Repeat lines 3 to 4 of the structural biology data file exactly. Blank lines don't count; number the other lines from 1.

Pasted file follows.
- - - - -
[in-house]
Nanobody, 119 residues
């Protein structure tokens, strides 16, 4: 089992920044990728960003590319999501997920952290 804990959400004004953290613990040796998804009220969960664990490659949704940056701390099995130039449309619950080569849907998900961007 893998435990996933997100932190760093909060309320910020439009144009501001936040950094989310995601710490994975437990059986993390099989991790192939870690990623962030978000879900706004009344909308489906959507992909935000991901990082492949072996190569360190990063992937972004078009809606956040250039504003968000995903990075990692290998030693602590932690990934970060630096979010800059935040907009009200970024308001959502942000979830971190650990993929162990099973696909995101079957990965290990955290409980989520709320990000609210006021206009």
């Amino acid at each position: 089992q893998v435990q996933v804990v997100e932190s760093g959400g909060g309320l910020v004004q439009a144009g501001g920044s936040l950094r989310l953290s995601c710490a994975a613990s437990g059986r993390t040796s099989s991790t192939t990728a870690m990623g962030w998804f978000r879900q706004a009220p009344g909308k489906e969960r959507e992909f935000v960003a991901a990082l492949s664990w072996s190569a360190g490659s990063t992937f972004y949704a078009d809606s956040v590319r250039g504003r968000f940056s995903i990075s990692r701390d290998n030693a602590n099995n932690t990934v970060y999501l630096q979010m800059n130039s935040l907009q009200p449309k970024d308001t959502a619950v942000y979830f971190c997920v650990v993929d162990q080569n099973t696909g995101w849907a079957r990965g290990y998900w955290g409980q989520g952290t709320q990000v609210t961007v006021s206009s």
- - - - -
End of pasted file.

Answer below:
């Protein structure tokens, strides 16, 4: 089992920044990728960003590319999501997920952290 804990959400004004953290613990040796998804009220969960664990490659949704940056701390099995130039449309619950080569849907998900961007 893998435990996933997100932190760093909060309320910020439009144009501001936040950094989310995601710490994975437990059986993390099989991790192939870690990623962030978000879900706004009344909308489906959507992909935000991901990082492949072996190569360190990063992937972004078009809606956040250039504003968000995903990075990692290998030693602590932690990934970060630096979010800059935040907009009200970024308001959502942000979830971190650990993929162990099973696909995101079957990965290990955290409980989520709320990000609210006021206009």
């Amino acid at each position: 089992q893998v435990q996933v804990v997100e932190s760093g959400g909060g309320l910020v004004q439009a144009g501001g920044s936040l950094r989310l953290s995601c710490a994975a613990s437990g059986r993390t040796s099989s991790t192939t990728a870690m990623g962030w998804f978000r879900q706004a009220p009344g909308k489906e969960r959507e992909f935000v960003a991901a990082l492949s664990w072996s190569a360190g490659s990063t992937f972004y949704a078009d809606s956040v590319r250039g504003r968000f940056s995903i990075s990692r701390d290998n030693a602590n099995n932690t990934v970060y999501l630096q979010m800059n130039s935040l907009q009200p449309k970024d308001t959502a619950v942000y979830f971190c997920v650990v993929d162990q080569n099973t696909g995101w849907a079957r990965g290990y998900w955290g409980q989520g952290t709320q990000v609210t961007v006021s206009s």